Data Science For Football Business - Clustering Analysis
Bas Schnater, Kenneth Cortsen and Daniel Rascher explore the use of machine learning to understand fan transactional behaviour to improve marketing effectiveness.
The use of data is becoming very integrated into numerous aspects of the study of football, whether it is from a sporting or from a business perspective. From a sporting perspective, there are many success stories, books, movies and podcasts as well as a growing number of dedicated academic programs focused on performance-based data science. However, there is unexploited potential concerning data science practices in the business of sports, e.g., the business of running a football club. While top European football clubs have invested intensively in professionalizing their sports analytics departments, most clubs have not done the same for their business or commercial departments. Although athletic performance analytics can improve winning and net scoring, many of the same techniques can provide optimal management of the commercial aspects of a football club (Cortsen & Rascher, 2018).
This new blog series associated with data science practices will dive into why and how competent data management can provide value to operating a football business. In this part, Bas teams up with Danish sports business researcher and UEFA A-licensed football expert Kenneth Cortsen from University College of Northern Denmark and Aalborg BK/AaB and Daniel Rascher, Professor and Academic Director at the University of San Francisco’s Sports Management Master’s Program to elaborate on a data science technique, which is very beneficial for marketing to fan bases: creating segments or groups of fans using cluster analysis on fan behavioural data.1
For this article, a combination of real and fictional2 data has been used. Clubs participating in this research wish to remain anonymous.
1 This is in contrast to clustering fan bases based on survey data and the extrapolation of the results to the broader fan base.
2 Fictional data is used to show how the technique works instead of drawing conclusions for a real team.
What is cluster analysis?
Cluster analysis (or clustering) is an unsupervised machine learning technique that can be applied to find similarities in terms of fan behaviour and thus to divide fans in groups characterized by those aspects of similarity (Jain, 2008). This can include grouping fans based on ticketing purchase behaviours and/or multiple transactional and non-transactional behaviours (ticketing, e-mail, food & beverage, merchandising, social media etc.). Grouping fans based on similar behaviours can help commercial and marketing teams improve targeting and hence personalise their offerings to fans.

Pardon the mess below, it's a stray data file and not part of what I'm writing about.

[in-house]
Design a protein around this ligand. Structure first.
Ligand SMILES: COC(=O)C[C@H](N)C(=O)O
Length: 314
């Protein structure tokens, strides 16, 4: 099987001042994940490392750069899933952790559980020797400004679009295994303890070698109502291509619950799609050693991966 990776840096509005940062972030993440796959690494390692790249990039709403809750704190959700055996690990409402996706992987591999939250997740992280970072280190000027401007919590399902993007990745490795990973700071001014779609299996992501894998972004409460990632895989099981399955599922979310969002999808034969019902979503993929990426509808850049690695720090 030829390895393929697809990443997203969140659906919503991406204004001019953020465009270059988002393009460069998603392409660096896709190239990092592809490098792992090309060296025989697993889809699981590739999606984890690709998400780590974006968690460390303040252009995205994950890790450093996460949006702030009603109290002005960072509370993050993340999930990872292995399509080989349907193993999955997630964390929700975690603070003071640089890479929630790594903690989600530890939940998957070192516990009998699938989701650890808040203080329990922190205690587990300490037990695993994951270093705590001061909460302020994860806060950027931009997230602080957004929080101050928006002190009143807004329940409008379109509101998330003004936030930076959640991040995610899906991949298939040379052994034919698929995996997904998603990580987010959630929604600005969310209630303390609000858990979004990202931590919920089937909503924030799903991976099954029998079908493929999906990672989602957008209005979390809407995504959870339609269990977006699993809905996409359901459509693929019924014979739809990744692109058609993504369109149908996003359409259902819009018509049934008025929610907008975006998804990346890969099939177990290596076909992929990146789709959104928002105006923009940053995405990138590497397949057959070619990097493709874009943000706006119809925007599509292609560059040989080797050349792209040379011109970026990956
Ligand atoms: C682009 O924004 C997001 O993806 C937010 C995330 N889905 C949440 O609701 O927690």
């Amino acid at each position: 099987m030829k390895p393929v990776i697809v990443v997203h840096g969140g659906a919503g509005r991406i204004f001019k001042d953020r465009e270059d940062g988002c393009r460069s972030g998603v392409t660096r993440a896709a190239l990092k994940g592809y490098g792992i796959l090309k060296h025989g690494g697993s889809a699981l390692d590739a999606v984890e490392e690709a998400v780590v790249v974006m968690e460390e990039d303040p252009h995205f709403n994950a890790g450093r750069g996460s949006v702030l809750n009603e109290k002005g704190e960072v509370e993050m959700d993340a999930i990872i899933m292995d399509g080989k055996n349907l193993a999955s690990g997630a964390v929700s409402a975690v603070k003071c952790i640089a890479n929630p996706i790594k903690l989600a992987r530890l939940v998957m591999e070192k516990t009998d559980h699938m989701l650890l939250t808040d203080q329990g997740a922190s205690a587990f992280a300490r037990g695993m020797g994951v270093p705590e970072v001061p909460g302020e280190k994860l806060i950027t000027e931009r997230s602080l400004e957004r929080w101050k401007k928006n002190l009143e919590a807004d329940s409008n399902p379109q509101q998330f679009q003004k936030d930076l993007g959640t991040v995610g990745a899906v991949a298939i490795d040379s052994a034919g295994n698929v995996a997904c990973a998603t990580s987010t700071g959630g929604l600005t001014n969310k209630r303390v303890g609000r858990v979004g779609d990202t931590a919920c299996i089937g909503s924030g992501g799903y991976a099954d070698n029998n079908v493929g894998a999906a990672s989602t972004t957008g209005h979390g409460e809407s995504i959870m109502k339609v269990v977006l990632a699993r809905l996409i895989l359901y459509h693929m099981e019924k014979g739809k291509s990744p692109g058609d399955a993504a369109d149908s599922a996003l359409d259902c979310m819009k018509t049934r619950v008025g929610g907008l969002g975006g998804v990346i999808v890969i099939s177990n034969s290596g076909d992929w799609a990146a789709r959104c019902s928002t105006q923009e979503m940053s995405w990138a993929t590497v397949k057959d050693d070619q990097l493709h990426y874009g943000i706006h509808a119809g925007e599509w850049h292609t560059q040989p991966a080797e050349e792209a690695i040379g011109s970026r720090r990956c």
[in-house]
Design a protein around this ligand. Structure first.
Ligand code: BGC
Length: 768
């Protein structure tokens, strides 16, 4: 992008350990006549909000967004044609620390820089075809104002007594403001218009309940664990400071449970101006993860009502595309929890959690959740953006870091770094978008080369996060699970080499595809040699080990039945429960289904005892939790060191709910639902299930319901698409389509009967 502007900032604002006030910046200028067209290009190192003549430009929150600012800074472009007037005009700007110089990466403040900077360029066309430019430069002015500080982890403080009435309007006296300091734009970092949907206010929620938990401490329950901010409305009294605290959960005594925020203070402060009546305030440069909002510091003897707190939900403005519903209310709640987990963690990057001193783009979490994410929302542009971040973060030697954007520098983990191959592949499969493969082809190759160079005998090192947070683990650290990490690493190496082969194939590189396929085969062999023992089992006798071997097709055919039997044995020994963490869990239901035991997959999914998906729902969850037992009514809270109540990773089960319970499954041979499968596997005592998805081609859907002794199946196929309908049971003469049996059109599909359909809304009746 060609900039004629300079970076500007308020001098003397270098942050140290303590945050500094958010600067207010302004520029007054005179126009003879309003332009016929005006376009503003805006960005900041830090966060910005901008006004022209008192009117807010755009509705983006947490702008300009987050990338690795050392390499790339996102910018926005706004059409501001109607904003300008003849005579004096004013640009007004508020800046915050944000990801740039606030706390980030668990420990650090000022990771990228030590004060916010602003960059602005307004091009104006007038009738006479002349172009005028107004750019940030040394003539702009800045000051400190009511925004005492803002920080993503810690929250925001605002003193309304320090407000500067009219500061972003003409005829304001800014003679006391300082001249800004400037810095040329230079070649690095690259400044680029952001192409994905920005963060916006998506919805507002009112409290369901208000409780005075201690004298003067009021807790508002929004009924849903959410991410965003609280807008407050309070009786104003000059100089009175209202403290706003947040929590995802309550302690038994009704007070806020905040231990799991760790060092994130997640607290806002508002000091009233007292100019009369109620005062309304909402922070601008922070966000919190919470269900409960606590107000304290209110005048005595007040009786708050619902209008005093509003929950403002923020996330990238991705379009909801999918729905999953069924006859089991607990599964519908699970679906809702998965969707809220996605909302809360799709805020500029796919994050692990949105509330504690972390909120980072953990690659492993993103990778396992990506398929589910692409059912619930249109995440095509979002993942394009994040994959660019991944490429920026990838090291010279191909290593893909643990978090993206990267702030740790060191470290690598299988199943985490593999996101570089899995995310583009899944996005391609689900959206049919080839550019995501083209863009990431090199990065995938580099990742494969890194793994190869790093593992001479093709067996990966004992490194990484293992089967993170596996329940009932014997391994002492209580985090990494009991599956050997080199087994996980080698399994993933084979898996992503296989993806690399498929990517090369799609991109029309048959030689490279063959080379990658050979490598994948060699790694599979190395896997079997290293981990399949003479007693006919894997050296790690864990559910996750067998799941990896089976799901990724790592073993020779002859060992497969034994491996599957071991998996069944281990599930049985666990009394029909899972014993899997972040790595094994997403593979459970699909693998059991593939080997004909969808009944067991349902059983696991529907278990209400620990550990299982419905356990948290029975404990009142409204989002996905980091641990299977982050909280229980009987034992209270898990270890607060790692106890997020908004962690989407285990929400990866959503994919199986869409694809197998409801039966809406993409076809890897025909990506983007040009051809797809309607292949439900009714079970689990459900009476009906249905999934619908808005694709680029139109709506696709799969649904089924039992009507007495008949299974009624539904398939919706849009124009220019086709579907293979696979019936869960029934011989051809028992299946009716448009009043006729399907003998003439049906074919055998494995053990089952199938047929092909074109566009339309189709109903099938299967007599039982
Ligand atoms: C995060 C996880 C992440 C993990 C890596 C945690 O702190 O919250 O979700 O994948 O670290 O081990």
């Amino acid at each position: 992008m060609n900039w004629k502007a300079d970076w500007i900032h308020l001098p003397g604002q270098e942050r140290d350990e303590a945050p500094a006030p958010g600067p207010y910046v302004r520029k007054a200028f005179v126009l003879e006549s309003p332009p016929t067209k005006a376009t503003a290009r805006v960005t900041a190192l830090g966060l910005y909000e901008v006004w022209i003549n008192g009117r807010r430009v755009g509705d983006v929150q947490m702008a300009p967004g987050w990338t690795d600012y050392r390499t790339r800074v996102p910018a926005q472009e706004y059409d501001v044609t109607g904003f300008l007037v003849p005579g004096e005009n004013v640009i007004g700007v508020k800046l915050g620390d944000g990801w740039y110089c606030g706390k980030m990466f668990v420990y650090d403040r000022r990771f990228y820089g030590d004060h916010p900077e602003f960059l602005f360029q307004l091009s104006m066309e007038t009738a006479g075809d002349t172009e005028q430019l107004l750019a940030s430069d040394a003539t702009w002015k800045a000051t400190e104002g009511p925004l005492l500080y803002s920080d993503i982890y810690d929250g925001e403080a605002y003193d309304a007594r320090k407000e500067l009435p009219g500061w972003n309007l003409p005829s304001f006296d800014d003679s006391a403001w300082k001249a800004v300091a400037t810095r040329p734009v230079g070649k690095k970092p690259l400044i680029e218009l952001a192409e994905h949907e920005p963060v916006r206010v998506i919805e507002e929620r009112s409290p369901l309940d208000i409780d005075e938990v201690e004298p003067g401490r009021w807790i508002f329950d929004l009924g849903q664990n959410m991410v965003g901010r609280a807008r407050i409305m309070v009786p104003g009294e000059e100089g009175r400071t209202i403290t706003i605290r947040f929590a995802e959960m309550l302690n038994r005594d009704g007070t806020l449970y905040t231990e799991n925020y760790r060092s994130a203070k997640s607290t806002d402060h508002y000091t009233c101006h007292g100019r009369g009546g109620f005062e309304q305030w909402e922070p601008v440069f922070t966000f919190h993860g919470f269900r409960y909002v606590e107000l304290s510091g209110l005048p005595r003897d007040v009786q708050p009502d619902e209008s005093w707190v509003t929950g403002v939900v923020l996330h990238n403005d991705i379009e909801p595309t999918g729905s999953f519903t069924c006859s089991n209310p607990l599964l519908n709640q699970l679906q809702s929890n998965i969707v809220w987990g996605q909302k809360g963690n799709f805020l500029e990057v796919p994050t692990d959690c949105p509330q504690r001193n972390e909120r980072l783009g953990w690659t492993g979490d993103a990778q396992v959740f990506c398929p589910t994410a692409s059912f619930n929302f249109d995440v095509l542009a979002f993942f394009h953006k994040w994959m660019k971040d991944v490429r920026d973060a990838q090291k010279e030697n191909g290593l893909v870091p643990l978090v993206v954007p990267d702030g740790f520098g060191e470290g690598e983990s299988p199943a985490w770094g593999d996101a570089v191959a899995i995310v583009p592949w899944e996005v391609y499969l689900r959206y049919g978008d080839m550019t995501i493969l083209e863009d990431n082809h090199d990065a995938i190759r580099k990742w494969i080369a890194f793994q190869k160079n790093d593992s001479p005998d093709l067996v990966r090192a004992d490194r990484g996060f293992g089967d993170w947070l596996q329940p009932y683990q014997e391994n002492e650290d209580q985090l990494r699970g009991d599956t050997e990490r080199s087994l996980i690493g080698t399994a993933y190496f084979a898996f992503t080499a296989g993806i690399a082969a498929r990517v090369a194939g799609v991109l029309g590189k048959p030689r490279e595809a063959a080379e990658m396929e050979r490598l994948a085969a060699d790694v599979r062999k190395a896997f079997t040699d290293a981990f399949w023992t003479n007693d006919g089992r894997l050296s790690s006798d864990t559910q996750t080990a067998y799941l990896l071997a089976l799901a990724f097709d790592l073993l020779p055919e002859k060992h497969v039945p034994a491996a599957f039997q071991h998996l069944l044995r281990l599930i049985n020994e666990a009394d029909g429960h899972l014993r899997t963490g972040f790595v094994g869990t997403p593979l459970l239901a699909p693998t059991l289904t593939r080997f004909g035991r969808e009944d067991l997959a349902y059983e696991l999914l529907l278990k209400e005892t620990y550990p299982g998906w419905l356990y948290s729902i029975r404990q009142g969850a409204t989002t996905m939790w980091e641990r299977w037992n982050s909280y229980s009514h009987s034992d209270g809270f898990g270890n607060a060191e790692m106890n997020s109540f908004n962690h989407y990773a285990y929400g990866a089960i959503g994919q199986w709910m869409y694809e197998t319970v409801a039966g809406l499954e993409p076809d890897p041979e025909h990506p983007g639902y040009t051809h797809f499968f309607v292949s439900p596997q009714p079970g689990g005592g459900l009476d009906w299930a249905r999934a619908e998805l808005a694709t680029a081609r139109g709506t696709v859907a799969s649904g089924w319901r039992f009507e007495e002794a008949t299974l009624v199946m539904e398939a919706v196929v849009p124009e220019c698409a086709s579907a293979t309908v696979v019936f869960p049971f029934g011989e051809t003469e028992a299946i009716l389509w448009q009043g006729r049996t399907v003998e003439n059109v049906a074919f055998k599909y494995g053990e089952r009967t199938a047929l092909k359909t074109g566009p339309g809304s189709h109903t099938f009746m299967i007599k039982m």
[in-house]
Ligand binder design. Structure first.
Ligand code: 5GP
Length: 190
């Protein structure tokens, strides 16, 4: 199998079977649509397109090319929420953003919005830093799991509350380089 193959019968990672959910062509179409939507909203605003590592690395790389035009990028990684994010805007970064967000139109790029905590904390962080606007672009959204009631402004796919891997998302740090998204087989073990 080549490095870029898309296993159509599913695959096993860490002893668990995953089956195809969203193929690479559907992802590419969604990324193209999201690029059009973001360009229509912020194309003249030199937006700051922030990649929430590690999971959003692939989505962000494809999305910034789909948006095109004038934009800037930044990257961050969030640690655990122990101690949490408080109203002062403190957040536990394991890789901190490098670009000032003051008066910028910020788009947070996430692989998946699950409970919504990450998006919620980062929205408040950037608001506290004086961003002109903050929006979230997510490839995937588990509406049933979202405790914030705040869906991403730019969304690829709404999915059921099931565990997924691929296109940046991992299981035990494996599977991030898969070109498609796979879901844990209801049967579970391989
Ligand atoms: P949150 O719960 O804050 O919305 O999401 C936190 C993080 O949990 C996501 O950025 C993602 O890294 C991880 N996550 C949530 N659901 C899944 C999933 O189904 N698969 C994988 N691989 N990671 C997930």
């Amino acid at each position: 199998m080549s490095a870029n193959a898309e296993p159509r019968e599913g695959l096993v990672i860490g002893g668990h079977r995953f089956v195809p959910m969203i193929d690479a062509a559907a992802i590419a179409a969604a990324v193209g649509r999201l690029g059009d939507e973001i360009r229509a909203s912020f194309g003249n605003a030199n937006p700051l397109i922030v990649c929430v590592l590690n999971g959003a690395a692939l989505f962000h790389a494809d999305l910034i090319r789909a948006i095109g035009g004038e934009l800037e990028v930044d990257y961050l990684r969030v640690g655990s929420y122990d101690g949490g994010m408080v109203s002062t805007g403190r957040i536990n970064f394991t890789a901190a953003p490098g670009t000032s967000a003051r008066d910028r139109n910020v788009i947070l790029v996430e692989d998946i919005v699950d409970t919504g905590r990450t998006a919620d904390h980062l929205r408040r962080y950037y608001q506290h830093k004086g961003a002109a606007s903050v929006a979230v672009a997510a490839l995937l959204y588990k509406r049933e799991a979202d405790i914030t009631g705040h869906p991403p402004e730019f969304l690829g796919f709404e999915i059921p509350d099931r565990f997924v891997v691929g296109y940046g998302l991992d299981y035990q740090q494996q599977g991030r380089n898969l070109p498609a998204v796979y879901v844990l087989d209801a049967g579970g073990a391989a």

There are many parallels between clustering and segmentation, however, there are some key differences. While traditional segmentation3 is the process of grouping fans based on observed similarities (age, distance to stadium, purchasing history), “clustering is the process of finding those similarities in customers so that they can be grouped.”4 In other words, clustering finds patterns in the data, which are not visible to the human eye. Therefore, clustering leads to a far more accurate segmentation because it takes multiple concepts and similarities into account.
3 Many segmentation studies use cluster analysis to create segments, not just observation of characteristics.
Why clustering a sports fan base?
First, the obvious question to ask is why would it be beneficial to cluster a fan base? The best answer is to gain understanding of fan behaviour. During our work in football, we have been motivated to find hidden patterns in consumer/fan behaviour. Without realizing it, consumers create many digital footprints along their fan journey, which contain valuable information. Analysing and grouping these footprints will expose clusters of fans with similar fan behaviours and spending patterns. Yet, this is not only feasible in the digital domain. Analog fans also leave information about their consumer experiences. Consider the location and time when a fan gets his/her ticket scanned at the access gate, the moment when he/she purchases a beer, purchases a hotdog and visits the merchandise store. All of this information can be analysed and provide tailored offerings to fans.
Given the increasing complexity of offerings in sports and the availability of data, it is critical to be able to extract marketing insights about customers more than ever. By grouping fans into various segments showing similar behaviours (clusters), these hidden patterns become visible. More importantly, marketing teams can then leverage these insights by offering products, services or experiences tailored to these cluster’s needs, predicting what groups of fans would likely purchase during their next interaction with the club. For example, do fans, who enter the stadium early, actually purchase more drinks and food? Or, do fans who respond to e-mails really buy more tickets? And for sponsors, cluster analysis could help to identify specific fan segments, which generate relevant ROI (Return on Investment) ROE (Return on Engagement) and ROO (Return on Objectives).